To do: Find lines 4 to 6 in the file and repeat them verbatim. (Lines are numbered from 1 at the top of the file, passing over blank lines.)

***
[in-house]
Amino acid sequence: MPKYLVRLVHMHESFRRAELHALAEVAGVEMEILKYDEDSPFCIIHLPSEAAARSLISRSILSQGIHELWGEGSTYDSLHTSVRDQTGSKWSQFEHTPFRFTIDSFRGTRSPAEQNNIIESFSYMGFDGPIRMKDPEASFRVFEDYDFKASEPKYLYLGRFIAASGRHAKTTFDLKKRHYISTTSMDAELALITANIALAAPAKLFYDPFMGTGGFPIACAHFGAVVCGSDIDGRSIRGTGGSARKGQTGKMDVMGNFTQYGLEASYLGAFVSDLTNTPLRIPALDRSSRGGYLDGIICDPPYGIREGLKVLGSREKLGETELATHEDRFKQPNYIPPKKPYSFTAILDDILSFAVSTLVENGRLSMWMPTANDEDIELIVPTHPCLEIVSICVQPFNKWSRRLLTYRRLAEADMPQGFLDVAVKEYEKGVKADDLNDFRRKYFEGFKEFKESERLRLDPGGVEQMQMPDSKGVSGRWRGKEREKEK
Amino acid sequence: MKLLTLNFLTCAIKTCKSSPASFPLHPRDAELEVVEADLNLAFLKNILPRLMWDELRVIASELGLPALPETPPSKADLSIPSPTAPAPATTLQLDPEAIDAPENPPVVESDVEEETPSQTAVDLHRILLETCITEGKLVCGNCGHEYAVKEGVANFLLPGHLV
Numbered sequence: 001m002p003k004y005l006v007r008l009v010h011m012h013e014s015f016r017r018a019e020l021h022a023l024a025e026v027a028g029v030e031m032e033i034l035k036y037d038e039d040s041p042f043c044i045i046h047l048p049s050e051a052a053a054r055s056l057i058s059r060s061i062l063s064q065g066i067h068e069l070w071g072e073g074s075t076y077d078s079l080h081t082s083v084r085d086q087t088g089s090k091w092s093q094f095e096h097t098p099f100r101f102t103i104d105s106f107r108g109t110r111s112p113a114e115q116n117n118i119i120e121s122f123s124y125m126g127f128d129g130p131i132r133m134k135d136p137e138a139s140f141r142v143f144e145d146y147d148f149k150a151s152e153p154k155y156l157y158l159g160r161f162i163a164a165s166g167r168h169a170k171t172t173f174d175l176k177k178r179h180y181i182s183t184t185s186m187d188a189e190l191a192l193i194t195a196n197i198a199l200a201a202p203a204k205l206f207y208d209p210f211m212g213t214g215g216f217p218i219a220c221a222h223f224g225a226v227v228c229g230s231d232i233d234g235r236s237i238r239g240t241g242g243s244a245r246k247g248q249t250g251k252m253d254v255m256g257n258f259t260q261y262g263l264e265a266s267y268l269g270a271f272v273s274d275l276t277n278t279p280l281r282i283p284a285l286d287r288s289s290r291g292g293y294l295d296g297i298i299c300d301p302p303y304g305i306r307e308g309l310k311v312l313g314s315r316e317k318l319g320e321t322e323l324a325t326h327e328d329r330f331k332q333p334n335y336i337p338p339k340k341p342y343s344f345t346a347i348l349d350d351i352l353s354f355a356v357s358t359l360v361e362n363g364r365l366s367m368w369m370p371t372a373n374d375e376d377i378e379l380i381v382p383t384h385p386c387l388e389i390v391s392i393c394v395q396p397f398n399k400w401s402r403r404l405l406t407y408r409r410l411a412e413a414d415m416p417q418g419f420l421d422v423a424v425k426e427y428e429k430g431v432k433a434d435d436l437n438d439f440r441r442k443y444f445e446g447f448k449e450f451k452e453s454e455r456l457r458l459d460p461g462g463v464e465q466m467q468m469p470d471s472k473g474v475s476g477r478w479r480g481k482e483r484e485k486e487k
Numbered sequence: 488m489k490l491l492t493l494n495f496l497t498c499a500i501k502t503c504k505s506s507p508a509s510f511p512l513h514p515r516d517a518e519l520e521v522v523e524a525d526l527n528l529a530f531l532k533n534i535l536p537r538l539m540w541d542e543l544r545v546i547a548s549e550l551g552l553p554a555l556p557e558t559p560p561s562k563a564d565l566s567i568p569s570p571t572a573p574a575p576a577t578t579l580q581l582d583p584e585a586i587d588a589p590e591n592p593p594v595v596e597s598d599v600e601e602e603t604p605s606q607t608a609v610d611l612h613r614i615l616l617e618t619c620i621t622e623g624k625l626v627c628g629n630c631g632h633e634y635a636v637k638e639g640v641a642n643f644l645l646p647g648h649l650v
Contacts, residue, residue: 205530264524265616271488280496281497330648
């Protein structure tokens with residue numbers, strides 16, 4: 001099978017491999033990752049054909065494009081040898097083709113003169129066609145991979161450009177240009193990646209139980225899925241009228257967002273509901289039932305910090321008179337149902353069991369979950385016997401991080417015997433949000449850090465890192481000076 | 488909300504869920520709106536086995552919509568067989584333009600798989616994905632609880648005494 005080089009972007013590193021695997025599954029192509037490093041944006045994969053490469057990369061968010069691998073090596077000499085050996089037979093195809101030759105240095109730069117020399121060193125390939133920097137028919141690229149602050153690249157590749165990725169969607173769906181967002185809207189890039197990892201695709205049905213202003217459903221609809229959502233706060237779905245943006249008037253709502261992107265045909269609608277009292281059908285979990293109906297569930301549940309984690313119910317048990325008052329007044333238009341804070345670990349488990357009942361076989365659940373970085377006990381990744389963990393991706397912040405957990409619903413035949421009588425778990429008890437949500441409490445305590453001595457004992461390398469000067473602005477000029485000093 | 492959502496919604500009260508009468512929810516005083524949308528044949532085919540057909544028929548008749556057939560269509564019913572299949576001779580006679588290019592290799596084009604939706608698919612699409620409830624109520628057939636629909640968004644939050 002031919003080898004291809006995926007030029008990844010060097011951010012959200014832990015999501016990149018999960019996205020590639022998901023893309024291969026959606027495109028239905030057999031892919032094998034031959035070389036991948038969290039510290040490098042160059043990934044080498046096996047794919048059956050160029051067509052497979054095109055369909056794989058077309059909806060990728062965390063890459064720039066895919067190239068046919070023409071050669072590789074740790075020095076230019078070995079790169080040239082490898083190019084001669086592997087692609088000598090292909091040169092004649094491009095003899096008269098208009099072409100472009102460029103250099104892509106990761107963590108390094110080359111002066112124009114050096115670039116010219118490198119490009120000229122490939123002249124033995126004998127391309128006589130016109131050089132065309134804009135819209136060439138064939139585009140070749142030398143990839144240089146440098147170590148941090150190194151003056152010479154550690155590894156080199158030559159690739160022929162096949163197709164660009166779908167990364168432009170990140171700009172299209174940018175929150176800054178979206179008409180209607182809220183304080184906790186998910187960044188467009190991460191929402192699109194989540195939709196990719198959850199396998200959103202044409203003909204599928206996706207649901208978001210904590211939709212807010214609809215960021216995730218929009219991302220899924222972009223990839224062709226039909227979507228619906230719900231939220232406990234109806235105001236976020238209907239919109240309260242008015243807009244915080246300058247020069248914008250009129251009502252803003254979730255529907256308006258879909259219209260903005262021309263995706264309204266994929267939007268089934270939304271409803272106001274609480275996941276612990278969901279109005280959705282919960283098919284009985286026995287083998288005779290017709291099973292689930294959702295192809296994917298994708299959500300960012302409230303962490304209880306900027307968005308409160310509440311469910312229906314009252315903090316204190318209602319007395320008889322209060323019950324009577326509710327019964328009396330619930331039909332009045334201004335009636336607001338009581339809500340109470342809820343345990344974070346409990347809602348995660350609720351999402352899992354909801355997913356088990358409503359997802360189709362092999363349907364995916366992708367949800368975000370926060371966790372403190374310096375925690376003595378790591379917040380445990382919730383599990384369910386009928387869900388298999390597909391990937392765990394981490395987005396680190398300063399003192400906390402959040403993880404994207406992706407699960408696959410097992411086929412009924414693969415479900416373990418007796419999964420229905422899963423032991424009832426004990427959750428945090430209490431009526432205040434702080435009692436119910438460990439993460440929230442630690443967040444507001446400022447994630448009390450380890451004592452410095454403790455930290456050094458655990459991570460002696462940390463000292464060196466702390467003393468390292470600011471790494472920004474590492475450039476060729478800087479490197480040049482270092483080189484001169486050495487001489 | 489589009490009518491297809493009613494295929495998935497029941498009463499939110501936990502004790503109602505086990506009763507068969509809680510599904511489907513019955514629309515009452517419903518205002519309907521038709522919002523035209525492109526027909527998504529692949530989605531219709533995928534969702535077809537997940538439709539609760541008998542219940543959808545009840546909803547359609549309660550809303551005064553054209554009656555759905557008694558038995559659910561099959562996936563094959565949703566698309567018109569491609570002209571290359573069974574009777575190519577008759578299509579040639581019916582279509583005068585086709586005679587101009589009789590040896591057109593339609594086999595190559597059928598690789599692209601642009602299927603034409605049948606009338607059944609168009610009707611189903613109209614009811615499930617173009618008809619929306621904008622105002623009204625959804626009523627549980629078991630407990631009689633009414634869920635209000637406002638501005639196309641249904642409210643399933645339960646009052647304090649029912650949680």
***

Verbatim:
Numbered sequence: 001m002p003k004y005l006v007r008l009v010h011m012h013e014s015f016r017r018a019e020l021h022a023l024a025e026v027a028g029v030e031m032e033i034l035k036y037d038e039d040s041p042f043c044i045i046h047l048p049s050e051a052a053a054r055s056l057i058s059r060s061i062l063s064q065g066i067h068e069l070w071g072e073g074s075t076y077d078s079l080h081t082s083v084r085d086q087t088g089s090k091w092s093q094f095e096h097t098p099f100r101f102t103i104d105s106f107r108g109t110r111s112p113a114e115q116n117n118i119i120e121s122f123s124y125m126g127f128d129g130p131i132r133m134k135d136p137e138a139s140f141r142v143f144e145d146y147d148f149k150a151s152e153p154k155y156l157y158l159g160r161f162i163a164a165s166g167r168h169a170k171t172t173f174d175l176k177k178r179h180y181i182s183t184t185s186m187d188a189e190l191a192l193i194t195a196n197i198a199l200a201a202p203a204k205l206f207y208d209p210f211m212g213t214g215g216f217p218i219a220c221a222h223f224g225a226v227v228c229g230s231d232i233d234g235r236s237i238r239g240t241g242g243s244a245r246k247g248q249t250g251k252m253d254v255m256g257n258f259t260q261y262g263l264e265a266s267y268l269g270a271f272v273s274d275l276t277n278t279p280l281r282i283p284a285l286d287r288s289s290r291g292g293y294l295d296g297i298i299c300d301p302p303y304g305i306r307e308g309l310k311v312l313g314s315r316e317k318l319g320e321t322e323l324a325t326h327e328d329r330f331k332q333p334n335y336i337p338p339k340k341p342y343s344f345t346a347i348l349d350d351i352l353s354f355a356v357s358t359l360v361e362n363g364r365l366s367m368w369m370p371t372a373n374d375e376d377i378e379l380i381v382p383t384h385p386c387l388e389i390v391s392i393c394v395q396p397f398n399k400w401s402r403r404l405l406t407y408r409r410l411a412e413a414d415m416p417q418g419f420l421d422v423a424v425k426e427y428e429k430g431v432k433a434d435d436l437n438d439f440r441r442k443y444f445e446g447f448k449e450f451k452e453s454e455r456l457r458l459d460p461g462g463v464e465q466m467q468m469p470d471s472k473g474v475s476g477r478w479r480g481k482e483r484e485k486e487k
Numbered sequence: 488m489k490l491l492t493l494n495f496l497t498c499a500i501k502t503c504k505s506s507p508a509s510f511p512l513h514p515r516d517a518e519l520e521v522v523e524a525d526l527n528l529a530f531l532k533n534i535l536p537r538l539m540w541d542e543l544r545v546i547a548s549e550l551g552l553p554a555l556p557e558t559p560p561s562k563a564d565l566s567i568p569s570p571t572a573p574a575p576a577t578t579l580q581l582d583p584e585a586i587d588a589p590e591n592p593p594v595v596e597s598d599v600e601e602e603t604p605s606q607t608a609v610d611l612h613r614i615l616l617e618t619c620i621t622e623g624k625l626v627c628g629n630c631g632h633e634y635a636v637k638e639g640v641a642n643f644l645l646p647g648h649l650v
Contacts, residue, residue: 205530264524265616271488280496281497330648